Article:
As our community and Nation honors Veterans Day, it seems a perfect time to highlight Veterans Administration (VA) loans and how they may, or may not, be a good option for those who have earned this benefit by their service to our country.

The VA loan program was created as part of the original GI Bill, in 1944 and its purpose was to boost the postwar economy and broaden access to homeownership for returning veterans.  Decades later, VA loans are still fulfilling that original mission.  The VA basically insures a portion on behalf of eligible veterans and service members. That fiscal guaranty helps gives lenders the flexibility to extend financing with some significant benefits, chiefly the ability to purchase with $0 down.

Because it is a benefit program, these loans tend to be more forgiving when it comes to credit score benchmarks or previous foreclosure or bankruptcy.  The no-down payment benefit allows qualified borrowers to purchase up to $417,000 in most parts of the country before having to factor in a down payment.  Additionally, VA financing doesn't carry any recurring mortgage insurance.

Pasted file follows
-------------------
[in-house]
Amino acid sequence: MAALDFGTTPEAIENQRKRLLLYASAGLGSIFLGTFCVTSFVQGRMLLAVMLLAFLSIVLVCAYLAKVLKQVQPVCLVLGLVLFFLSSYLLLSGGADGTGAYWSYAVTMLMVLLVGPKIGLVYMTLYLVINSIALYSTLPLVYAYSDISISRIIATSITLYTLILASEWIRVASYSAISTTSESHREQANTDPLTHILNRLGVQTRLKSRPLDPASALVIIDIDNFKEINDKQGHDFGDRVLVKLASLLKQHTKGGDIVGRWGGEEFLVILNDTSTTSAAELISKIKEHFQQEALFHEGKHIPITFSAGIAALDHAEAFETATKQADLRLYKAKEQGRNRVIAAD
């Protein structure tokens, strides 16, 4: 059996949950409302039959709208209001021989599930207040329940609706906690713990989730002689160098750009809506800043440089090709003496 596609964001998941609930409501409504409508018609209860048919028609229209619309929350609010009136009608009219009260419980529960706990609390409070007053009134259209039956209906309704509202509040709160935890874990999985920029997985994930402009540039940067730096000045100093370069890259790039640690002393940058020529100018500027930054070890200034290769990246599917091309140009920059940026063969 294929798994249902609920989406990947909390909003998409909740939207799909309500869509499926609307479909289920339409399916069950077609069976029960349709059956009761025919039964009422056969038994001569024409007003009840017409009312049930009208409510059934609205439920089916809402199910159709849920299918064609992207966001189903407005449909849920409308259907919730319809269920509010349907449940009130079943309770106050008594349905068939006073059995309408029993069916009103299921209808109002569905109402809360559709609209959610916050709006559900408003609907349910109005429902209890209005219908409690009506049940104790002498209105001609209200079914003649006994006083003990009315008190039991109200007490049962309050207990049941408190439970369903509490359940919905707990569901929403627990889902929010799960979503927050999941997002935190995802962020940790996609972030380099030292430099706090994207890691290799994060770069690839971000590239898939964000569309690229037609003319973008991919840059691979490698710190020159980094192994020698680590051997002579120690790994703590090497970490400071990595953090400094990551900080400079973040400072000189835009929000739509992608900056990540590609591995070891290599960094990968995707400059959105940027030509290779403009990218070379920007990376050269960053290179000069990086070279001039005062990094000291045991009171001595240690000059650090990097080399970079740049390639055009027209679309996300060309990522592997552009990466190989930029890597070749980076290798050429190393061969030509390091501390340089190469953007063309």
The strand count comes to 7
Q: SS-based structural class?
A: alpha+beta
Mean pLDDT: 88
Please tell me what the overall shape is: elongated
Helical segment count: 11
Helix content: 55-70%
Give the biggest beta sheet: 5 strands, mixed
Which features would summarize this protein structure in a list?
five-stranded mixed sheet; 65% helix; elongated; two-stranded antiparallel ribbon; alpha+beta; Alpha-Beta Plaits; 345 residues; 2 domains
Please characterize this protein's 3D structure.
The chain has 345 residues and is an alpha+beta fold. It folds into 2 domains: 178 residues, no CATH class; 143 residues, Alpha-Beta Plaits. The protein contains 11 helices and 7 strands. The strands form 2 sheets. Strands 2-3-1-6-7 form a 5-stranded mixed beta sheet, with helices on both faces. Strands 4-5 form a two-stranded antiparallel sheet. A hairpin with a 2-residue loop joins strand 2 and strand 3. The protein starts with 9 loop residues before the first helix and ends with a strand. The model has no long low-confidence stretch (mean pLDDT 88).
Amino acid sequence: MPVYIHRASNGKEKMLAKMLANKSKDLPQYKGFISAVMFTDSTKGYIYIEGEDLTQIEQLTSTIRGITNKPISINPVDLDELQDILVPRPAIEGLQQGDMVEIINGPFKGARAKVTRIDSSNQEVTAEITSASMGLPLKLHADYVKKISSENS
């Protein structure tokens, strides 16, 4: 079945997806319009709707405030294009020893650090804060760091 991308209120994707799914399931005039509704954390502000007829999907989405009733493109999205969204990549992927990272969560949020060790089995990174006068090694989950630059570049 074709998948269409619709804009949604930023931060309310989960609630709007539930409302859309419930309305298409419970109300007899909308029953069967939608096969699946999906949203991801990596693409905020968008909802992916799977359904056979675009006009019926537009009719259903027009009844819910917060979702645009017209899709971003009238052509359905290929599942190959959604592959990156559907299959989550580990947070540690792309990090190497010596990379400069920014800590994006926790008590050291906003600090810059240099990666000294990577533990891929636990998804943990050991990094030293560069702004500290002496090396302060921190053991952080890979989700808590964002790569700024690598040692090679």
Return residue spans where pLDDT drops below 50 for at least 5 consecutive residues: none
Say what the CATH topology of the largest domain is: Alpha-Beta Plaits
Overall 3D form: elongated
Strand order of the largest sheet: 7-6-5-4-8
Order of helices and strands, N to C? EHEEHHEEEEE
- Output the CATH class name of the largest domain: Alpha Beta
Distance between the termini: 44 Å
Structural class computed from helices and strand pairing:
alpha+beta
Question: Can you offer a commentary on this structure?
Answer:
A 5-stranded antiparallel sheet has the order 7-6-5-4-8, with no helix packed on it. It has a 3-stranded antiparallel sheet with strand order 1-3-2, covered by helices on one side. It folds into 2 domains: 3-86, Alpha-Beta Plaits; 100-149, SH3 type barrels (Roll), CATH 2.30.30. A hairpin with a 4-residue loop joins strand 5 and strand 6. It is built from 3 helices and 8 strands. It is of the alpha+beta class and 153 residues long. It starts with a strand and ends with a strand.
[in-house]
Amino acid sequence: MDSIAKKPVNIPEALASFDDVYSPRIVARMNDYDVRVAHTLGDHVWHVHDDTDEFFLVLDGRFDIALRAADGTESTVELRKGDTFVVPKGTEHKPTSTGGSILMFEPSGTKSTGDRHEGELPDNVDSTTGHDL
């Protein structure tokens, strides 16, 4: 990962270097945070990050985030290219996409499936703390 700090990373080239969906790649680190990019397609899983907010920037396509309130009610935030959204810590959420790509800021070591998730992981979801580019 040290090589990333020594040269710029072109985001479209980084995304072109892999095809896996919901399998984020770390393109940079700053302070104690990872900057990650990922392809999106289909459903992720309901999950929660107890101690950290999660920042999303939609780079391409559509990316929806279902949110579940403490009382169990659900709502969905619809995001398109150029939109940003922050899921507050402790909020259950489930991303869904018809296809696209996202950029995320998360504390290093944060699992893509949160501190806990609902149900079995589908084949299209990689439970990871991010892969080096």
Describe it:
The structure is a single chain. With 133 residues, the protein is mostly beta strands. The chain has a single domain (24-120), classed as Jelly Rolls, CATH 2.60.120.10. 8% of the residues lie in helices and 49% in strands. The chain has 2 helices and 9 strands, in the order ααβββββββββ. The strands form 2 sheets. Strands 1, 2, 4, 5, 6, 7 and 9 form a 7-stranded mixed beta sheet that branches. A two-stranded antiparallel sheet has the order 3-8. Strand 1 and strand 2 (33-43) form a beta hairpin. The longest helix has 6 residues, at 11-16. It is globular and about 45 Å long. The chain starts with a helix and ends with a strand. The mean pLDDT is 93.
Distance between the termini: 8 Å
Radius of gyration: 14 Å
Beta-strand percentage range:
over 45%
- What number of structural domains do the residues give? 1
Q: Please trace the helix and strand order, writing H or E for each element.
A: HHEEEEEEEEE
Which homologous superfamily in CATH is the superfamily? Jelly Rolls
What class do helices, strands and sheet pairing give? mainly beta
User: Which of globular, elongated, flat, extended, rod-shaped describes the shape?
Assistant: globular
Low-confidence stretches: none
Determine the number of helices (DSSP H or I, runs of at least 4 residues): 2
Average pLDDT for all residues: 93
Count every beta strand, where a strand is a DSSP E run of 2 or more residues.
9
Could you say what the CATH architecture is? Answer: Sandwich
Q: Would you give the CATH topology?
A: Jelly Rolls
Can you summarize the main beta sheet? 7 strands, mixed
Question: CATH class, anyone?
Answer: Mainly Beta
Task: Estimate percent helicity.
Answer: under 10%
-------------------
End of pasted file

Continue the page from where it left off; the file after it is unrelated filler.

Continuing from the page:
VA borrowers have also emerged as a safe bet. These zero-down loans have had the lowest foreclosure rate of any mortgage on the market for most of the last six years.

Like most good things in life, VA loans also have their limitations.  The purchase of  a vacation home or purely investment property is not offered under VA loans and it may be more challenging to purchas a fixer-uppers due to the VA’s  property requirements.

While there are misconceptions by sellers and some Realtors about the program, not everyone is open to it; however, for veterans and service members, just knowing VA loans are an option is important. Being able to compare rates, costs and terms across different loan types can help ensure those who qualify get the most from their dollar.

Those who may qualify for a VA loan but who have great credit and cash to put down 20 percent may want to first look into a conventional loans.  But that option may not be possible for many veterans and military families, which is why the VA loan program is just as important today as when it was first created, if not more so. 

To all veterans who have served our country, a big salute and heartfelt thanks!

More information about VA loans can be found at: http://www.benefits.va.gov/homeloans/.  Also, feel free to contact Sandy or Shirley for referrals of lenders in our area who can help with VA loans: sandy@soldsisterssavannah.com; shirley@soldsisters.com.